JOHN NEELY PHOTO
Participants in the first Cardboard Boat Race on the Peconic
River, an event which drew 1,000 people to downtown Riverhead
A yellow submarine, a Tahitian style raft and a Viking ship were some of the more eye-catching entries in Riverhead’s first Cardboard Boat Race on the Peconic River Sunday. Though after, they were only soggy piles of cardboard and tape waiting to be picked up by town.
The event drew an estimated 1,000 people to downtown Riverhead, many who came to see a little friendly competition and the creativity of the boaters.
The SS Flanders was the big winner as the single person craft — which like all 75 other entries was made using only cardboard, duct tape and paint — crossed the finish line first in two of the three races.
Contestants competed for bragging rights in the children’s single boater category, the adult single boater category and the “anything goes” multiple boater category. Cardboard boats started from a floating dock on the Peconic River, just south of East Main Street, and had to make it to a buoy and back without sinking.
The SS Flanders, piloted by 16-year-old Ben Harroun of Flanders, beat out the competition in the adult category. He said his strategy was simply to “paddle really hard” and that his legs hurt after the race.
Another boater, also driving the SS Flanders, which was still in decent shape after the earlier race, took home first prize in the anything goes category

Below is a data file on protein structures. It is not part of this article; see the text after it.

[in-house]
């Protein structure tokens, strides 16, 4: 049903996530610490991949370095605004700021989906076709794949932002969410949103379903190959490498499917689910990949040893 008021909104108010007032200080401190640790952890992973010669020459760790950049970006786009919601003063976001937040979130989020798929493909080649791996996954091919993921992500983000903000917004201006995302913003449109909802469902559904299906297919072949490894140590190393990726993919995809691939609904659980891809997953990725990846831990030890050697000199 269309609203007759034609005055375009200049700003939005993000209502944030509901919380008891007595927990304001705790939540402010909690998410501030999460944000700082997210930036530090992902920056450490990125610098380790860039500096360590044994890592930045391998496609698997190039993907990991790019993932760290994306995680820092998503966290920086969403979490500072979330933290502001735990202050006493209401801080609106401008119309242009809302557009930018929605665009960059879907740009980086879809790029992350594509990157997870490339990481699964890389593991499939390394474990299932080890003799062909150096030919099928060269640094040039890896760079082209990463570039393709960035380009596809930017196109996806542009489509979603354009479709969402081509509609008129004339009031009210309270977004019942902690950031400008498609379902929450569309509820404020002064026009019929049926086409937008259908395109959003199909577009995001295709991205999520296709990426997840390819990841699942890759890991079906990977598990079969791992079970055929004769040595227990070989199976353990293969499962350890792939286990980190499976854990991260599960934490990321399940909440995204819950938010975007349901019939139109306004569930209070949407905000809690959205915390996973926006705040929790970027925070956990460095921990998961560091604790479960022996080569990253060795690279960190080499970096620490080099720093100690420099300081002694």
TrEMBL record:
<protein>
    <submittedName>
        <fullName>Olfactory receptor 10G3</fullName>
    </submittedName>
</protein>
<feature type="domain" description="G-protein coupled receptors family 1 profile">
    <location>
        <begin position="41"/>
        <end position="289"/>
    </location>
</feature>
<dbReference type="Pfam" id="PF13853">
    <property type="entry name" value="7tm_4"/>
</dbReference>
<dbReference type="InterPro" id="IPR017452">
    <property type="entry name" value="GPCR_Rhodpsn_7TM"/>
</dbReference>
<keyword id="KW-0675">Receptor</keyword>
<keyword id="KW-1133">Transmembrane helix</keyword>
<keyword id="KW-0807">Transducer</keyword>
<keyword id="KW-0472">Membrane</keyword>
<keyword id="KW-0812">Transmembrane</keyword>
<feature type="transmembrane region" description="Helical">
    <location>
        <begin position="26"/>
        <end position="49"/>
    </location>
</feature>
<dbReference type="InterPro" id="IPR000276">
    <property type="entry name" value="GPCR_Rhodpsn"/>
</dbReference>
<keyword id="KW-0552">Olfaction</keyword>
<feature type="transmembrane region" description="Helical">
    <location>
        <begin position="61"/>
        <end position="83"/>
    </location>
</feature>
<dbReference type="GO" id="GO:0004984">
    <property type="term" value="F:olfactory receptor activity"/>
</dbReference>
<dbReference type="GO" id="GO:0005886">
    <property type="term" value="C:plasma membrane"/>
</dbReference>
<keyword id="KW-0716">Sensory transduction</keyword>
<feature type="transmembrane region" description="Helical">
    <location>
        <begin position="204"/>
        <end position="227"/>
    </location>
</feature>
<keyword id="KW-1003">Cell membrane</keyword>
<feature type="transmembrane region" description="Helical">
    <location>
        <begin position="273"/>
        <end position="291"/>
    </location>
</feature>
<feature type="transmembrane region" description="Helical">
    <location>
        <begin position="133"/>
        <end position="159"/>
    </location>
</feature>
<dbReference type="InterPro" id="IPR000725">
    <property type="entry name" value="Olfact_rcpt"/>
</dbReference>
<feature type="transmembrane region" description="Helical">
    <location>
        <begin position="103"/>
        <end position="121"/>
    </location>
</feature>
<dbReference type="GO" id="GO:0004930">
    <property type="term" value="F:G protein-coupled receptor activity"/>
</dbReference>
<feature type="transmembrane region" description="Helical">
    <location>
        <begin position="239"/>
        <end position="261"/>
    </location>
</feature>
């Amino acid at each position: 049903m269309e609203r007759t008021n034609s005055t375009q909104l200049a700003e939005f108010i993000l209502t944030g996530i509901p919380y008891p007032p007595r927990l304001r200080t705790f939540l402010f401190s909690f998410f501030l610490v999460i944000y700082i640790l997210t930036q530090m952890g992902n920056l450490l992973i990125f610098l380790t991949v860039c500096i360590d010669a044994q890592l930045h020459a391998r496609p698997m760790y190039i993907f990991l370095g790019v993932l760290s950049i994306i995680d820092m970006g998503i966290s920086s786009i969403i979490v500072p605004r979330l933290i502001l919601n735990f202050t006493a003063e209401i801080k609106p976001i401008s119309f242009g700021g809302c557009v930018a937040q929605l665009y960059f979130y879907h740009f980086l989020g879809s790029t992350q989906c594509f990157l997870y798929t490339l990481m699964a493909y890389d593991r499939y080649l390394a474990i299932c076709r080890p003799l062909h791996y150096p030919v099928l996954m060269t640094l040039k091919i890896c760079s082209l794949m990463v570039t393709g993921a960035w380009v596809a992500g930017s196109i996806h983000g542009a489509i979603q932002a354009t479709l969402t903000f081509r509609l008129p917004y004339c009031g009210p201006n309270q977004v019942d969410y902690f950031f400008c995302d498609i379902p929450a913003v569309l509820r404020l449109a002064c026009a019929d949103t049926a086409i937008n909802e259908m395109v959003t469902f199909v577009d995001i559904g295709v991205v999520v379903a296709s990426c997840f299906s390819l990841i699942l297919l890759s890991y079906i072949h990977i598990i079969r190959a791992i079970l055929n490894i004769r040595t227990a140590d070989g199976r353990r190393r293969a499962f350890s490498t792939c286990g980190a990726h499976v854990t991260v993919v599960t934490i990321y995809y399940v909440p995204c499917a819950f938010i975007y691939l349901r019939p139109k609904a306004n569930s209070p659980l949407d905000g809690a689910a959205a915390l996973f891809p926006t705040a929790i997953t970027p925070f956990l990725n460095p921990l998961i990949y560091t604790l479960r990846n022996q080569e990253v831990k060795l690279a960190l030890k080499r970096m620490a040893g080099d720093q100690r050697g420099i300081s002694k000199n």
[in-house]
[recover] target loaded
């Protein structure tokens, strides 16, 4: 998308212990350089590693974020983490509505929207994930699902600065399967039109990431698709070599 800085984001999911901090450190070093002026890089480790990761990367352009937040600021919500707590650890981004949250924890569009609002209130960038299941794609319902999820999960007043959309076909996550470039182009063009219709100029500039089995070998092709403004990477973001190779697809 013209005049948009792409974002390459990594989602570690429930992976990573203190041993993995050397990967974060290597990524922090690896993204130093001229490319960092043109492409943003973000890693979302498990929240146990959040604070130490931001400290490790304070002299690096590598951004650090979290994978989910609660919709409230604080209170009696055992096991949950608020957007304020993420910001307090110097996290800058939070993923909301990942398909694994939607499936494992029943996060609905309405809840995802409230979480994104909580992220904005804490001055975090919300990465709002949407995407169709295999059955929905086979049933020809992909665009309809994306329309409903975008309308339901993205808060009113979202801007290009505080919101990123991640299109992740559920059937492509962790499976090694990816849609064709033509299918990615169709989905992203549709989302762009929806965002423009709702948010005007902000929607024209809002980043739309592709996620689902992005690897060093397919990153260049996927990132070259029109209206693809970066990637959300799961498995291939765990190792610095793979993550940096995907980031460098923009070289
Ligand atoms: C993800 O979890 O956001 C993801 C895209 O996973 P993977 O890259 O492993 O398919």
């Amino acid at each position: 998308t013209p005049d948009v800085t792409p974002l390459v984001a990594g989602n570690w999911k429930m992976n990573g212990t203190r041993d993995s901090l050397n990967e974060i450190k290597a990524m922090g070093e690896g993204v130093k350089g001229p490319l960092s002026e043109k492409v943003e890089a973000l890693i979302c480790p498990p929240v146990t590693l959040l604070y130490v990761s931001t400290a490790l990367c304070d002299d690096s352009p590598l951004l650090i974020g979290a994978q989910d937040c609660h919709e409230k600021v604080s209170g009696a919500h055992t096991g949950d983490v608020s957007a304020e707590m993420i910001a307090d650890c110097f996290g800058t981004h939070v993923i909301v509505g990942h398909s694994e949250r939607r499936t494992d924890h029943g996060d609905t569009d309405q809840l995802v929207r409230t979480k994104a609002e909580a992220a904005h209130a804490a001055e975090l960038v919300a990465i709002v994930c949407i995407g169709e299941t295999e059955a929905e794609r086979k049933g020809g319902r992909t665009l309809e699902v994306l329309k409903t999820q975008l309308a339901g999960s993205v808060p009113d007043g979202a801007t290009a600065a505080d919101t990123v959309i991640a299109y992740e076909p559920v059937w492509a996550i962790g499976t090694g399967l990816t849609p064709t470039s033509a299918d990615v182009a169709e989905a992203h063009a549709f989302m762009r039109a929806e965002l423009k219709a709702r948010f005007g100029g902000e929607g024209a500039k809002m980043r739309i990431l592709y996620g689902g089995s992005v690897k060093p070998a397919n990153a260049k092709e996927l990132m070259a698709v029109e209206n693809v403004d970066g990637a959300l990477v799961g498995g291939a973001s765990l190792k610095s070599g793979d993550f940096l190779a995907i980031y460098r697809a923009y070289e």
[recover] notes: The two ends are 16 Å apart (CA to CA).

Its competitors weren’t so lucky.
Andrew Smith of Port Jefferson, whose boat the Queen Mary took home ugliest boat, was drenched as he awaited the results, which included prizes for best captain and prettiest boat.
“We sunk right away,” Mr. Smith said. “But it was a lot of fun.”
The event kicked off with a battle between the supervisors of Riverhead and Southampton towns.
“He’ll be legislating from the bottom of the river,” Southampton Town Supervisor Anna Throne-Holst promised shortly before the race. “She’s going right down,” Riverhead Town Supervisor Sean Walter retorted. The Southampton supervisor turned out to be right as her bright red cardboard kayak quickly passed Mr. Walter, whose boat capsized before he made it to the buoy.
Organizers said the event was designed as a family friendly event that would draw people to downtown Riverhead. They hope to make it an annual competition.